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A digital single-molecule nanopillar SERS platform for predicting and monitoring immune toxicities in immunotherapy

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journal contribution
posted on 2021-04-20, 00:41 authored by J Li, A Wuethrich, AAI Sina, HH Cheng, Y Wang, Andreas BehrenAndreas Behren, PN Mainwaring, M Trau
The introduction of immune checkpoint inhibitors has demonstrated significant improvements in survival for subsets of cancer patients. However, they carry significant and sometimes life-threatening toxicities. Prompt prediction and monitoring of immune toxicities have the potential to maximise the benefits of immune checkpoint therapy. Herein, we develop a digital nanopillar SERS platform that achieves real-time single cytokine counting and enables dynamic tracking of immune toxicities in cancer patients receiving immune checkpoint inhibitor treatment - broader applications are anticipated in other disease indications. By analysing four prospective cytokine biomarkers that initiate inflammatory responses, the digital nanopillar SERS assay achieves both highly specific and highly sensitive cytokine detection down to attomolar level. Significantly, we report the capability of the assay to longitudinally monitor 10 melanoma patients during immune inhibitor blockade treatment. Here, we show that elevated cytokine concentrations predict for higher risk of developing severe immune toxicities in our pilot cohort of patients.


The authors acknowledge grants received by our laboratory from the National Breast Cancer Foundation of Australia (CG-12-07) and the ARC DP (160102836 and 210103151). These grants have significantly contributed to the environment to stimulate the research described here. J.L. acknowledges support from the Australian Government Research Training Program Scholarship. A.W. and A.A.I.S. thank the National Health and Medical Research Council for funding (APP1173669 and APP1175047). A.B. is the recipient of a Fellowship from the Victorian Government Department of Health and Human Services acting through the Victorian Cancer Agency. We acknowledge the facilities, and the scientific and technical assistance, of the Australian Microscopy & Microanalysis Research Facility at the Centre for Microscopy and Microanalysis, The University of Queensland. We appreciate to receive the technical and scientific guidance from Queensland node of the Australian National Fabrication Facility (Q-ANFF) in confocal Raman mapping and spectroscopic ellipsometry measurement.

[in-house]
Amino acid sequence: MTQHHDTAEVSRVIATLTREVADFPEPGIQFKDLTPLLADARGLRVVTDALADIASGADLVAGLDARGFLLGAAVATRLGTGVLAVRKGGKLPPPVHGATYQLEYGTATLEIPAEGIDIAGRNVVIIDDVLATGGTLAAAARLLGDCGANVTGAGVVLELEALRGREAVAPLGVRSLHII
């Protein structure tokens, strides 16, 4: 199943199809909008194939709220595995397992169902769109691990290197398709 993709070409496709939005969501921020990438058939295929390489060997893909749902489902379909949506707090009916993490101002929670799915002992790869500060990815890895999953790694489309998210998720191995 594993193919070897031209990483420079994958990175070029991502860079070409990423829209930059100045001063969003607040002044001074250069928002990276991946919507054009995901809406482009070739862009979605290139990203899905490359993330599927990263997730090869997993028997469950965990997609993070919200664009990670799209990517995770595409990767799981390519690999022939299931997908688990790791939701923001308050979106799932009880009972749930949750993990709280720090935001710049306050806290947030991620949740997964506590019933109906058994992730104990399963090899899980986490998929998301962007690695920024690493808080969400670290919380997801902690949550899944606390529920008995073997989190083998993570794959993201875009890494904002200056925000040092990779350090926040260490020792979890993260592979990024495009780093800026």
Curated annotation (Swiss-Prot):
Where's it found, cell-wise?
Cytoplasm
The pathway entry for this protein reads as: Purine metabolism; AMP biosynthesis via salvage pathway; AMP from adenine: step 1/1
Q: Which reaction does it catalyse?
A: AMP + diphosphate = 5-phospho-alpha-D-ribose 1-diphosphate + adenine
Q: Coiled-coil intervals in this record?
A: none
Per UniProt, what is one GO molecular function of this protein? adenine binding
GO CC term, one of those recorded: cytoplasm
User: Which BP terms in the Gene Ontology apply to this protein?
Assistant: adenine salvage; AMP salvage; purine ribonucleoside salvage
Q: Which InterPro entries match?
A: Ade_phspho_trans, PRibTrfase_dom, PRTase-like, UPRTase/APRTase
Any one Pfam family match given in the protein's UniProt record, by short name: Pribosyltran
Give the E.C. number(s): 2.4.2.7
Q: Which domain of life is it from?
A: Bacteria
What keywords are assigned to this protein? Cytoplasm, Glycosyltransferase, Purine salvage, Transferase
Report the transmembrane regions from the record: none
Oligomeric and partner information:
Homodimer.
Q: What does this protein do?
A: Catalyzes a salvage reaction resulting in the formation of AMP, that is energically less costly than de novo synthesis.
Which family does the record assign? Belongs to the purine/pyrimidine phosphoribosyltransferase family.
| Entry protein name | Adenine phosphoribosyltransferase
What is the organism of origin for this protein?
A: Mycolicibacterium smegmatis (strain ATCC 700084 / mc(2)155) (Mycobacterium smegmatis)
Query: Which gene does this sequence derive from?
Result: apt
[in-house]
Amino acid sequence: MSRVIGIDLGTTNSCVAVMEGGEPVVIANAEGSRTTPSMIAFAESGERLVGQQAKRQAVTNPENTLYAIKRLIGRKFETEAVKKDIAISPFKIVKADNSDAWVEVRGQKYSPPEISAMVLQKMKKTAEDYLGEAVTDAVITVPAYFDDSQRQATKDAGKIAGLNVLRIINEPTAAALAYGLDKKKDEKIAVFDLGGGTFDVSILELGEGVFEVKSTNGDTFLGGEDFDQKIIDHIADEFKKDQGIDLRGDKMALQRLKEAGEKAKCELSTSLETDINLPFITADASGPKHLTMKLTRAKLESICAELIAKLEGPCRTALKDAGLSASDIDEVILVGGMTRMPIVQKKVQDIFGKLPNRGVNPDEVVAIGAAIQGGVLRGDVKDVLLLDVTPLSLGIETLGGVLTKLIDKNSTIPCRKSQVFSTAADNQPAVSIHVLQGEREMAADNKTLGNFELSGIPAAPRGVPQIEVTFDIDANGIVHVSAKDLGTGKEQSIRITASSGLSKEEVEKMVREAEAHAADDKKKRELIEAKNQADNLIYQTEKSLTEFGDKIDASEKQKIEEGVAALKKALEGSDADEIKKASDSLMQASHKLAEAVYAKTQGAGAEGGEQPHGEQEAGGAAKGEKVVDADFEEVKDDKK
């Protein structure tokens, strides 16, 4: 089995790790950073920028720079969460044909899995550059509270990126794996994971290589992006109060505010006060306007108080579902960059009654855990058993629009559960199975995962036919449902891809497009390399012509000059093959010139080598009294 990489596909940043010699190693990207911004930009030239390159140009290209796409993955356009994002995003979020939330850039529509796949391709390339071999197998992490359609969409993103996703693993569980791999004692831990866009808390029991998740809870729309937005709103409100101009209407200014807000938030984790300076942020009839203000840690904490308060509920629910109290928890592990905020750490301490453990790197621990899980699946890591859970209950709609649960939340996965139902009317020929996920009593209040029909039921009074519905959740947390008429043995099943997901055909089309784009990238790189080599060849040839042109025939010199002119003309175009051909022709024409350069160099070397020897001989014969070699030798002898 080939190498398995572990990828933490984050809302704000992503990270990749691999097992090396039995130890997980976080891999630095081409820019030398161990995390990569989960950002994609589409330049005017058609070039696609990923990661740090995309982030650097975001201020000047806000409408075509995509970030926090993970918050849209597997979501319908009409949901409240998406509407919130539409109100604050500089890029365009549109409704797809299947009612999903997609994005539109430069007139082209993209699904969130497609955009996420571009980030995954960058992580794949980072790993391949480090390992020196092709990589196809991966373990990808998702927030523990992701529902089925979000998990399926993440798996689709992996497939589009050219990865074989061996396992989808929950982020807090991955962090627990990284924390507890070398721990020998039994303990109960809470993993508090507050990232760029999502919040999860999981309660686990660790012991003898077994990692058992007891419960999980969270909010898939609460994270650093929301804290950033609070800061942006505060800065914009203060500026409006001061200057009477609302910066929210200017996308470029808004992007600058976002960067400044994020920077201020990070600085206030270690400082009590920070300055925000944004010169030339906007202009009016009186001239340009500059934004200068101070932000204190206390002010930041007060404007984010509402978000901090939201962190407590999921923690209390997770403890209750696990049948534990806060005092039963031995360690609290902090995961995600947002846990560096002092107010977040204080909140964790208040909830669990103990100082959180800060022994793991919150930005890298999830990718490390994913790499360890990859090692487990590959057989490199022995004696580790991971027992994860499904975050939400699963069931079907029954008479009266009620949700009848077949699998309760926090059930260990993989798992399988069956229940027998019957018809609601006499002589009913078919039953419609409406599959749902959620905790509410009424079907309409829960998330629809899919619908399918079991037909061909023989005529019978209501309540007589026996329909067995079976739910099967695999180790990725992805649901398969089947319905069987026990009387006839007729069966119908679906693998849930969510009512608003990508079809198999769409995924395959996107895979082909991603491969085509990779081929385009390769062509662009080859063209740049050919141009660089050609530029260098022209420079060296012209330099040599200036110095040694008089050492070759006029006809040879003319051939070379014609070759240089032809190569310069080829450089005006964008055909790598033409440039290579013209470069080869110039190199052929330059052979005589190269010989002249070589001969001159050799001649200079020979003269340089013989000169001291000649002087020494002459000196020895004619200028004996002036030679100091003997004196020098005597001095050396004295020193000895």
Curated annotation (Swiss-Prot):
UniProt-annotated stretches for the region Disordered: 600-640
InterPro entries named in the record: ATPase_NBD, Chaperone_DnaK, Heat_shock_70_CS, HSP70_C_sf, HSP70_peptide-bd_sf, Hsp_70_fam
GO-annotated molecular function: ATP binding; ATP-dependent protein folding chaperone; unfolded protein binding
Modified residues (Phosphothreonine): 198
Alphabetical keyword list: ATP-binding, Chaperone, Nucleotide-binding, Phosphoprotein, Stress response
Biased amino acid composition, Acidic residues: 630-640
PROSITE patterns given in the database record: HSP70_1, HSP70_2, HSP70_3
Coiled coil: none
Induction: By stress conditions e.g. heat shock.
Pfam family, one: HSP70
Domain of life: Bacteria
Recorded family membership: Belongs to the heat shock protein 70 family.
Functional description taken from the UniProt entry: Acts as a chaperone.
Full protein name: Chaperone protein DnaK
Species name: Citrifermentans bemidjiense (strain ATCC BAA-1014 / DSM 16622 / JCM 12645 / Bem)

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Nature Communications





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Nature Nature



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